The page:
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OGCh (8F021, 'FOBS')

OGCh [GDK]

OGCh (Orbital'noy Golovnoy Chasti) was an attempt to create an orbital warhead to circumvent the US ballistic missile early warning radars. It consisted of a conical reentry vehicle and an maneuvering stage. The manuevering unit, which oriented the spacecraft in orbit and autonomously determined when to make the braking manoeuvre to bring the re-entry vehicle down from orbit. It included an inertial navigation system and a radar altimeter which measured the altitude of the orbit and determined when to make the braking manoeuvre. The retro-rocket engine was a single chamber engine, the Yangel RD-854, with a vacuum thrust of 7.7 tons. Four nozzles on the sides of the main engine (using exhaust gases from the main engine) provided steering capability. Four additional tangentially located nozzles provided yaw capability. Each nozzle was throttleable. A solid fuel cartridge then spun up the turbine assembly of the liquid propellant (N2O4/UDMH) braking engine.

Although an orbital flight reduced the payload mass and reduced accuracy in comparison to ballistic ICBMs, it was considered an advantage to have nuclear weapons, which could attack every target from every direction. Originally to be launched by the GR-1 missile, it was redesigned for the R-36-O missile. After several suborbital tests, the USSR flew a number in fractional orbits - i.e. orbital velocity was reached, but the vehicle was deorbited before completing an orbit. The warheads impacted at the Kapustin Yar missile range.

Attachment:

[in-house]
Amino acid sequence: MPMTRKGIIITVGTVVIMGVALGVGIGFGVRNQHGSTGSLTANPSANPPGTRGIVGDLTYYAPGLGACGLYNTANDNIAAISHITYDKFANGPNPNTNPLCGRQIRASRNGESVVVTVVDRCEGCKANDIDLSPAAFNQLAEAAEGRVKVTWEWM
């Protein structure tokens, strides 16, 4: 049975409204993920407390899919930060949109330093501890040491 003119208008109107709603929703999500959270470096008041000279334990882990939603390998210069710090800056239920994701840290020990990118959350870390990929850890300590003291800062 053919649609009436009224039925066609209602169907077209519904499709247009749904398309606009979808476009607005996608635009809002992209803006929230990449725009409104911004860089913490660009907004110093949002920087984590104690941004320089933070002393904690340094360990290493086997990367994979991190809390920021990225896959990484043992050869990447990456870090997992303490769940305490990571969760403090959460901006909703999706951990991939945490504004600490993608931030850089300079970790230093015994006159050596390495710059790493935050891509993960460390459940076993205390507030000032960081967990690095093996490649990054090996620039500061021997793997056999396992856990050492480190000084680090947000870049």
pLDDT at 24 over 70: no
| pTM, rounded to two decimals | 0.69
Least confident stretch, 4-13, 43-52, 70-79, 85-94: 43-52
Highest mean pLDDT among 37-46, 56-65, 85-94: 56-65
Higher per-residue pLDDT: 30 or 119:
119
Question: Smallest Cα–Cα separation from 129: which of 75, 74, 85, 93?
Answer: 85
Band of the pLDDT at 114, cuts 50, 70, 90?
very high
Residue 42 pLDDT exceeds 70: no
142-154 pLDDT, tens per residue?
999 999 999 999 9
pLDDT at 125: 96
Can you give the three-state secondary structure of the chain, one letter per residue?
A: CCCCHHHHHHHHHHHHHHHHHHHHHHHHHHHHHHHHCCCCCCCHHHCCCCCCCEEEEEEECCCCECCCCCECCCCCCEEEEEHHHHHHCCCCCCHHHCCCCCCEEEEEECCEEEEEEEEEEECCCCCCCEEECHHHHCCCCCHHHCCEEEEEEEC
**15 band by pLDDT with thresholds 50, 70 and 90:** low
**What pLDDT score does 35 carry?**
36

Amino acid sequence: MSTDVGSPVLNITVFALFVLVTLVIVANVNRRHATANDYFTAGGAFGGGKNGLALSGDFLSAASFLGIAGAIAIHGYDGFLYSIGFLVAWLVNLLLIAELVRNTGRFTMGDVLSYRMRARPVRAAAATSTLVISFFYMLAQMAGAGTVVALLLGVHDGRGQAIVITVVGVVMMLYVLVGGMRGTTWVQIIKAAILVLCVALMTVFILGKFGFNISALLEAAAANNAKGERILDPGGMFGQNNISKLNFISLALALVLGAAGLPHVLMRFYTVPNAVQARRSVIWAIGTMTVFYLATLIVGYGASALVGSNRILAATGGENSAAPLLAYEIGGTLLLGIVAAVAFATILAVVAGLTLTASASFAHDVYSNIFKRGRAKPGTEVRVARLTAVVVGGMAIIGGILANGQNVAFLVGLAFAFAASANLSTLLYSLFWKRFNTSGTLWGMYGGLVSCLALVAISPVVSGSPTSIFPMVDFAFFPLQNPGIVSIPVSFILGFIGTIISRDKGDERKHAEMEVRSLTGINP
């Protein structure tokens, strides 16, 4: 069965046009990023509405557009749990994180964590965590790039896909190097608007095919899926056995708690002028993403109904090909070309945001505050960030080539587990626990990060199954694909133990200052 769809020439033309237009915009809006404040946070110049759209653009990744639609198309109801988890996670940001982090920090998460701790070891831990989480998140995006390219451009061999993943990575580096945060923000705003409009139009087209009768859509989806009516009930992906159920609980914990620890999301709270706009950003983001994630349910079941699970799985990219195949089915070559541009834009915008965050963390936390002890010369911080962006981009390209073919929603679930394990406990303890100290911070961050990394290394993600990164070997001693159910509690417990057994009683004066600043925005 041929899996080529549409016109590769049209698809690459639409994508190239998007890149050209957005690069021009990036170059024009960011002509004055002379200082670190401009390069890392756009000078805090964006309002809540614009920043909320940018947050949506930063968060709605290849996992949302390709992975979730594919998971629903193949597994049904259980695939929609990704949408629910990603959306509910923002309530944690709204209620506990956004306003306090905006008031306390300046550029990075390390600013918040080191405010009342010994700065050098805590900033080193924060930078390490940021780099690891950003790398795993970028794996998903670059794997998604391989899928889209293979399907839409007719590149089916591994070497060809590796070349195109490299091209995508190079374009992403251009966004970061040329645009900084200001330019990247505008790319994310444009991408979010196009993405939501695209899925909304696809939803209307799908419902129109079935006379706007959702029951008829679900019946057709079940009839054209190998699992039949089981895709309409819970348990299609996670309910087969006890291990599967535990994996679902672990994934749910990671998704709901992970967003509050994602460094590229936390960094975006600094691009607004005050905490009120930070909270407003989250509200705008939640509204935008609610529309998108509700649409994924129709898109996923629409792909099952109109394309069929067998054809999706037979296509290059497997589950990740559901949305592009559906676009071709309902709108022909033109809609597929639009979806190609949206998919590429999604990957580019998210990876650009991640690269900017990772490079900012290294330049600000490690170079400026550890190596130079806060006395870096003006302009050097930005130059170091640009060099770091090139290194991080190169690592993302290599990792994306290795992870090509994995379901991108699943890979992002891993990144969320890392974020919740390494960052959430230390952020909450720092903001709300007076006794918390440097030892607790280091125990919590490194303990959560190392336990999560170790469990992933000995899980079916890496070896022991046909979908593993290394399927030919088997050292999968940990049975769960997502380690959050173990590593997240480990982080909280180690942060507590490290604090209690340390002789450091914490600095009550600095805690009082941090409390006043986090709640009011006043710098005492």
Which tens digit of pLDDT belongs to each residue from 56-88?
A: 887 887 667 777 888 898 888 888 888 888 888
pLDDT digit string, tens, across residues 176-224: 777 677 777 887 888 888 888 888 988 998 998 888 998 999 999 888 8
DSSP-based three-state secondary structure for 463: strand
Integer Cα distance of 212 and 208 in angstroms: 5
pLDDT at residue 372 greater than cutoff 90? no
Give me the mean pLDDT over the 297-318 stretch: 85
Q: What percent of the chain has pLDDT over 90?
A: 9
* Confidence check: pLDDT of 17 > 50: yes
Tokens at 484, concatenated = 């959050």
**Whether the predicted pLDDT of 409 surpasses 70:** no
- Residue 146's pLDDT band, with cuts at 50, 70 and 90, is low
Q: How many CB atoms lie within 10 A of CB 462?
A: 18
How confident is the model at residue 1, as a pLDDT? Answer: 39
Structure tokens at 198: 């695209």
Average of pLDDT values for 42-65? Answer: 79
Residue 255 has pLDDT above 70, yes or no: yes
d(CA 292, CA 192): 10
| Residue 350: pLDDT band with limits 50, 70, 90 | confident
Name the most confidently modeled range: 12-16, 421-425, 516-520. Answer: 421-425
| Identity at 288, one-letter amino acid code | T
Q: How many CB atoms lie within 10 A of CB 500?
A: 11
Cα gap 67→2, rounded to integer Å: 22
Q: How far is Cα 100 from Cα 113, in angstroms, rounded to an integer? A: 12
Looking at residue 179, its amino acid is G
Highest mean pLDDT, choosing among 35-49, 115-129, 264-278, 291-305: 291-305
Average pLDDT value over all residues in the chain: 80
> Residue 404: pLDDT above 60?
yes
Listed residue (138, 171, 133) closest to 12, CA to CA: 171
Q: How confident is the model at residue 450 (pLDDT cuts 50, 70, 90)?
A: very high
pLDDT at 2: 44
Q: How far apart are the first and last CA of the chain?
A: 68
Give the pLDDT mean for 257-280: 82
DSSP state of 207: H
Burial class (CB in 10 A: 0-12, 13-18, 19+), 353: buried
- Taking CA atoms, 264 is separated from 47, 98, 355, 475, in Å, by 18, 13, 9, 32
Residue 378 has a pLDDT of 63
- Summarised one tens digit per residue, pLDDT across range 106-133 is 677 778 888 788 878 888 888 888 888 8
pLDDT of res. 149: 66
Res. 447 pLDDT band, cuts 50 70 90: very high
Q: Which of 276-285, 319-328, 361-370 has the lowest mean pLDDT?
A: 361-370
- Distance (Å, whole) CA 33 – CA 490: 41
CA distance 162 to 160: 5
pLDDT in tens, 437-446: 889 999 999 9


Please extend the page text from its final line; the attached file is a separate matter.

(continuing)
The system was in service at 18 silos at Baikonur from 25 August 1969 to January 1983. Under SALT-2 the system was deactivated. The OGCh missile had a 7.5 year guaranteed fuelled storage life and a five minute reaction time.

Nation: USSR
Type / Application: Fractional Orbital Bombardment System (FOBS) test
Operator:
Contractors:
Equipment:
Configuration:
Propulsion: RD-854
Power: Batteries
Lifetime:
Mass: 1700 kg
Orbit: 139 km × 270 km, 49.6 (typical)
Satellite COSPAR Date LS Launch Vehicle Remarks
OGCh #1 N/A 16.12.1965 Ba LC-67/21 * R-36-O
OGCh #2 N/A 05.02.1966 Ba LC-67/21 *p R-36-O
OGCh #3 N/A 16.03.1966 Ba LC-67/21 *F% R-36-O exploded on fueling
OGCh #4 N/A 19.05.1966 Ba LC-67/22 * R-36-O
OGCh #5 (U 1) 1966-088A 17.09.1966 Ba LC-162/36 P R-36-O
OGCh #6 (U 2) 1966-101G 02.11.1966 Ba LC-162/36 P R-36-O
Kosmos 139 (OGCh #7) 1967-005A 25.01.1967 Ba LC-162/36 R-36-O
Kosmos (151) (OGCh #8) 1967-F02 22.03.1967 Ba LC-161/35 F R-36-O
Kosmos 160 (OGCh #9) 1967-047A 17.05.1967 Ba LC-161/35 R-36-O
Kosmos 169 (OGCh #10) 1967-069A 17.07.1967 Ba LC-162/36 R-36-O
Kosmos 170 (OGCh #11) 1967-074A 31.07.1967 Ba LC-161/35 R-36-O
Kosmos 171 (OGCh #12) 1967-077A 08.08.1967 Ba LC-162/36 R-36-O
Kosmos 178 (OGCh #13) 1967-089A 19.09.1967 Ba LC-161/35 R-36-O
Kosmos 179 (OGCh #14) 1967-091A 22.09.1967 Ba LC-162/36 R-36-O
Kosmos 183 (OGCh #15) 1967-099A 18.10.1967 Ba LC-161/35 R-36-O
Kosmos 187 (OGCh #16) 1967-106A 28.10.1967 Ba LC-162/36 R-36-O
Kosmos 218 (OGCh #17) 1968-037A 25.04.1968 Ba LC-162/36 R-36-O
OGCh #18 N/A 20.05.1968 Ba LC-162/36 * R-36-O
OGCh #19 N/A 27.05.1968 Ba LC-161/35 * R-36-O
Kosmos 244 (OGCh #20) 1968-082A 02.10.1968 Ba LC-161/35 R-36-O
Kosmos 298 (OGCh #21) 1969-077A 15.09.1969 Ba LC-191/66 R-36-O
Kosmos 354 (OGCh #22) 1970-056A 28.07.1970 Ba LC-191/66 R-36-O
Kosmos 365 (OGCh #23) 1970-076A 25.09.1970 Ba LC-191/66 R-36-O
Kosmos 433 (OGCh #24) 1971-068A 08.08.1971 Ba LC-191/66 R-36-O

* = suborbital

References: